'AFRICOM: Neo-colonialism Impacts the Class Struggle of Africans?'

67 Pages Posted: 21 Dec 2018

See all articles by Timothy Williams

Timothy Williams

Independent; Political Science Dept of Clark Atlanta University

Date Written: November 13, 2018

Abstract

In this paper, the objectives and mission of AFRICOM will be examined in comparison to its actual practices to assess the true nature of its presence in Africa and its impact on the class struggle of Africans. To fully understand the interest of the United States in Africa; US foreign policy, and the establishment of United States’ Africa Command (AFRICOM), one must examine these concepts for understanding. Discussing the history of the United States capabilities, intentions and motivations is necessary for insight for interpreting the past, present, and future of Africa and its’ relationship with the US. This research will help examine if AFRICOM is an instrument of US foreign policy in the form of neo-colonialism or diplomacy and the impact to the class struggle to Africans. Kwame Nkrumah stated that neo-colonialism:

“…is a greater danger to independent countries than is colonialism. …In neo-colonialism, however, the people are divided from their leaders and, instead of providing true leadership and guidance which is informed at every point by the ideal of the general welfare, leaders come to neglect the very people who put them in power and incautiously become instruments of suppression on behalf of the neo-colonialism.”

Also, this paper will offer insight on if the interests of Africans and African Americans are really served by Africans. Peter Pham’s research concluded that AFRICOM has been viewed by some policymakers and commentators as a US foreign policy used to colonize Africa. Tsenay Serequeberhan concluded that the United States is plays apart in neo-colonialism.

He stated:

“Today, in the last decade of the twentieth century, the United States is the dominant superpower and the harbinger of a new ‘new world order’ dominated by the West (i.e., NATO). In fact, paraphrasing Lenin and Nkrumah, one could describe this ‘new world order’ as the latest, if not the highest, stage of neocolonialism in which the United States, under the guise of the United Nations, rules the world, and smart bombs enforce ‘international law’.”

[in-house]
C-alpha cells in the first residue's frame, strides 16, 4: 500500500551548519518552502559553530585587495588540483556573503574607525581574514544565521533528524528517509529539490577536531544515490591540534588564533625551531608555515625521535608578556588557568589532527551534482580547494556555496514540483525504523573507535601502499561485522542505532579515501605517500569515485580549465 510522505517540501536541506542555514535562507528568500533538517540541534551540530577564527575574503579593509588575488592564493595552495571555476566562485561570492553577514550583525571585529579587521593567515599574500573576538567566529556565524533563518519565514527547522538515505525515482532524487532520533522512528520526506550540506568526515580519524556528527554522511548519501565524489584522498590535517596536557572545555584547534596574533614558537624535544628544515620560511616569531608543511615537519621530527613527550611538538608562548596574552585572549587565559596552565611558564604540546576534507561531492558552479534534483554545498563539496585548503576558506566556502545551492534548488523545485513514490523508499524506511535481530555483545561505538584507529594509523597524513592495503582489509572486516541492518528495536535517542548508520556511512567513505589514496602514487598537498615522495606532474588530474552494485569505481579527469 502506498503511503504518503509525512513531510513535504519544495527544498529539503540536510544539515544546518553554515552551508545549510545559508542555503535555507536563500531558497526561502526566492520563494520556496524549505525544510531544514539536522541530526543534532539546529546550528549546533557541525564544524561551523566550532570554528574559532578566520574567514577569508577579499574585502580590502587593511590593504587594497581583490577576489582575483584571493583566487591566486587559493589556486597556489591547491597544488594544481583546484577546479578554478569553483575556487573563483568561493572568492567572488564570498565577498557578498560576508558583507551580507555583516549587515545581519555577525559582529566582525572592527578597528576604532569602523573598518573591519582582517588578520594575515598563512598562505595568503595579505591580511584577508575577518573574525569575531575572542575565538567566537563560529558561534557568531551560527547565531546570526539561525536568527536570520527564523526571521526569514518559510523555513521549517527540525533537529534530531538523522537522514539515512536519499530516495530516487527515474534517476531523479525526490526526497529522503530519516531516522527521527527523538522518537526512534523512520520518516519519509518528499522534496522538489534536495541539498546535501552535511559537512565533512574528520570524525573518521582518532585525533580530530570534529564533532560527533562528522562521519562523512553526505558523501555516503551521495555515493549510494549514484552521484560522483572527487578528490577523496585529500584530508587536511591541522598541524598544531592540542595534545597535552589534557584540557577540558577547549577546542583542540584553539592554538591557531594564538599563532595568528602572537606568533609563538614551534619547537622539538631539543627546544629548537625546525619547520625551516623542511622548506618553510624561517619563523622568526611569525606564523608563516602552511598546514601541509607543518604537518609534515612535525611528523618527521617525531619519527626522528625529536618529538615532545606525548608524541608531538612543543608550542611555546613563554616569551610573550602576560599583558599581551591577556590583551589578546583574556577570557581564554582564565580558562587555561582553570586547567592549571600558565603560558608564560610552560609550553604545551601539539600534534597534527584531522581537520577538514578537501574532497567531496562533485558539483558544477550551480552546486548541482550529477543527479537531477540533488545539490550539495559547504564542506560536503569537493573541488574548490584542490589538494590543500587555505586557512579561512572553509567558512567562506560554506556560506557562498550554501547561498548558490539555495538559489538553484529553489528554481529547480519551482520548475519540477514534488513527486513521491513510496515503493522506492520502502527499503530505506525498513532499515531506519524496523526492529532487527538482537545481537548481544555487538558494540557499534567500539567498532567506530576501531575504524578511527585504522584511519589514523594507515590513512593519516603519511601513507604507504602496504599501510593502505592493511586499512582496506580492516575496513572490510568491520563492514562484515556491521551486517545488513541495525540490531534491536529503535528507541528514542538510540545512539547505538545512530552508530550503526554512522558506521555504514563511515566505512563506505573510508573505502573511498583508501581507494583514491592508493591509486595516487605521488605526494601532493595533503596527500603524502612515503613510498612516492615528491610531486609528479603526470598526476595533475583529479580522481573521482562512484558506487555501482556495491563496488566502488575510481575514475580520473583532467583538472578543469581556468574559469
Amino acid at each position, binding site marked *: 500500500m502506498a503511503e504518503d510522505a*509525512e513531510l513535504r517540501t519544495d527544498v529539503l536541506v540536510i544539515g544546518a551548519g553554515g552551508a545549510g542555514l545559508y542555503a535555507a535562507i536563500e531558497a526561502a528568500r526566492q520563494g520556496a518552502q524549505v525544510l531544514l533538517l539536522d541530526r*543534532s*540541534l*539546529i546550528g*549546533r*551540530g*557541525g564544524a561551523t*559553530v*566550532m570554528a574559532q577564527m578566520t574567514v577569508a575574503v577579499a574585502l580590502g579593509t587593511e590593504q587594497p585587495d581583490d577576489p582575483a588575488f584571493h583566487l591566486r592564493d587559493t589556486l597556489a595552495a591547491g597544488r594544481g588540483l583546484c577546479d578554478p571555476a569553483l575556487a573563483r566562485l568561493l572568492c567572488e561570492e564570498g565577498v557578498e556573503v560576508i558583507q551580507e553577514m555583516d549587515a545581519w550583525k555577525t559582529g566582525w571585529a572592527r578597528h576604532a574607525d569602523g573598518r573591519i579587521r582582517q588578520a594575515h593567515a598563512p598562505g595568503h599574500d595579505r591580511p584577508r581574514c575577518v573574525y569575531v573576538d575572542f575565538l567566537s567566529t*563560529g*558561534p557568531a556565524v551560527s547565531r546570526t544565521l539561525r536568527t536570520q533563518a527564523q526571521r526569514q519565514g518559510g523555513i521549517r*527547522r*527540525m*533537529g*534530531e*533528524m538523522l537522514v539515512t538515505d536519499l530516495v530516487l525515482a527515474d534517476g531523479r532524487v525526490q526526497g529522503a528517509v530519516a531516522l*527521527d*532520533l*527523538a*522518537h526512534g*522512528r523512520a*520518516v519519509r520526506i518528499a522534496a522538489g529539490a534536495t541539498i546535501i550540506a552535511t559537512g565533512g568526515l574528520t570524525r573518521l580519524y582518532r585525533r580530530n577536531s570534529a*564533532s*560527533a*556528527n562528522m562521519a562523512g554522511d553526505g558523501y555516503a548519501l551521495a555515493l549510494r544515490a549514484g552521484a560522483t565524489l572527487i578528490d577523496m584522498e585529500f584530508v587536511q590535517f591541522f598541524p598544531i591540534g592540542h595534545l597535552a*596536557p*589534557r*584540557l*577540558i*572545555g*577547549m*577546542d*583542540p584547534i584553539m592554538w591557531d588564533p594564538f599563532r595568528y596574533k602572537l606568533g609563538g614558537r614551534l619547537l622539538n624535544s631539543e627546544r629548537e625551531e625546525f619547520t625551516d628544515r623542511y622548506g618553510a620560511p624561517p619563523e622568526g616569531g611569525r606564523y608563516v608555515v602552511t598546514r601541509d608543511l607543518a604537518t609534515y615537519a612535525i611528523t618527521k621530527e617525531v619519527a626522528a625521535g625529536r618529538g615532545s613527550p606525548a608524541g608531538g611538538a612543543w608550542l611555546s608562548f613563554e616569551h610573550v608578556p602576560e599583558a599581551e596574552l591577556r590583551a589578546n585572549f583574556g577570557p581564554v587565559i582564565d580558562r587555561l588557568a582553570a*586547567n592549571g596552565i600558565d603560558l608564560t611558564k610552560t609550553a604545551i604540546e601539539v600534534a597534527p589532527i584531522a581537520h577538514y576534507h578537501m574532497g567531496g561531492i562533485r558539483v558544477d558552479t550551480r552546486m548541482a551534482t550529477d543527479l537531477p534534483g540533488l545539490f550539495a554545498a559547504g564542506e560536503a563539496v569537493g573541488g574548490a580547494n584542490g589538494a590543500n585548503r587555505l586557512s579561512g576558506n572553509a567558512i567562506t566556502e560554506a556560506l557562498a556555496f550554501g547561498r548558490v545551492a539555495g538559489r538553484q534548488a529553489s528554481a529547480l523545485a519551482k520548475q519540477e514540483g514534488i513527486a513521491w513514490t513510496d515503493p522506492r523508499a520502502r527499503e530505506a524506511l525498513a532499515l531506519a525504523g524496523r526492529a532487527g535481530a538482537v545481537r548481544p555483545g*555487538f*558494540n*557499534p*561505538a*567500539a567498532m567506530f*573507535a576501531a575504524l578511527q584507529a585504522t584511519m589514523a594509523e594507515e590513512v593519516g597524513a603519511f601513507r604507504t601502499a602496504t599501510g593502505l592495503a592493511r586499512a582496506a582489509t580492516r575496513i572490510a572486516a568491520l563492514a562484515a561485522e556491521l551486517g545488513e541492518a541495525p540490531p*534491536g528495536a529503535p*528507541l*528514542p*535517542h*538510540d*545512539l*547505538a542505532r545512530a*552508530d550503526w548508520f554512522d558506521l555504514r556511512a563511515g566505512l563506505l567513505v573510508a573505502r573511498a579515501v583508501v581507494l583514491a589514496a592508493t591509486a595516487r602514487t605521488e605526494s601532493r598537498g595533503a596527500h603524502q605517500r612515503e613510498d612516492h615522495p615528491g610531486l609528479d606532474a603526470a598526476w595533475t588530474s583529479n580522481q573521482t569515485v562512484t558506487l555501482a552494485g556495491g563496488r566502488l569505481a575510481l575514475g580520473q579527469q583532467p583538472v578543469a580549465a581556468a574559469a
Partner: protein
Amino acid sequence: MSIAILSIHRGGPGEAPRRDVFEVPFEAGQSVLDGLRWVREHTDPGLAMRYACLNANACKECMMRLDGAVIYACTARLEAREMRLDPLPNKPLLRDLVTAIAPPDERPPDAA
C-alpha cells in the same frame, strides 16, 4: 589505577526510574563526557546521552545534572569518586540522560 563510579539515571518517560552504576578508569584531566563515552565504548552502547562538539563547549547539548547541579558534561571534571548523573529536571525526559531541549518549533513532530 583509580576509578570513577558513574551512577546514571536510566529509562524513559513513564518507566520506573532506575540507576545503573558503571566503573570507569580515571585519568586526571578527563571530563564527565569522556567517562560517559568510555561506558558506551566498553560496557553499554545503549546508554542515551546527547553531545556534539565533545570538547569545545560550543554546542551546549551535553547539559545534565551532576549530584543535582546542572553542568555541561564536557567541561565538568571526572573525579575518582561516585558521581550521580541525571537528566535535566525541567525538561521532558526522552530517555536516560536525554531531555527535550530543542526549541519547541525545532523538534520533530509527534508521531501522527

AFRICOM should be examined and analyzed to see if the mission of AFRICOM is meeting its objectives. Concluded by Peter Pham, AFRICOM was established to “bring peace and security to the people of Africa and promote US common goals of development, health, education, democracy and economic growth in Africa by strengthening bilateral and multilateral security of cooperation with African states and creating new opportunities to uplift their capabilities.” From Pham’s research, there are concerns from the people of Africa and within the United States that the interest of Africa is not the same under AFRICOM. To know if AFRICOM is an instrument of US foreign policy, one must analyze the US foreign policies of post-colonial United States administration with Africa and the interest in Africa to find patterns, trends, and underlying economic interests. The theoretical framework of which this research will be analyze through is the theories of power elite and dependency. The power elite theory is used as a lens to examine the interactions between Africa and its’ people and individuals of business, government, and military who are powerful and influential to make decisions concerning Africa’s cultural, economic and social well-being. The dependency theory will help explain the how developing nations, such as Africa are economically exploited by advanced nations, such as the United States. The theories will help gain insight into AFRICOM, to understand its’ true intentions and motives with Africa and its’ people. In order to understand the purpose of class struggle, and its’ connection to Africa, the history and intent must be analyzed and examined. The class struggle will be viewed through the lens of Karl Marx, Pierre Bourdieu, Kwame Nkrumah, W. E. B. Du Bois, Jacob Carruthers, Julius Nyerere, Frantz Fanon, Ali Mazrui, Claude Ake, and Chairman Mao Tsetung.

Keywords: AFRICOM, Neo-colonialism, Class Struggle

Suggested Citation

Williams, Timothy, 'AFRICOM: Neo-colonialism Impacts the Class Struggle of Africans?' (November 13, 2018). Available at SSRN: https://ssrn.com/abstract=3283929 or http://dx.doi.org/10.2139/ssrn.3283929

Timothy Williams (Contact Author)

Independent ( email )

No Address Available
United States

Political Science Dept of Clark Atlanta University ( email )

223 James P. Brawley
Atlanta, GA 30314
United States

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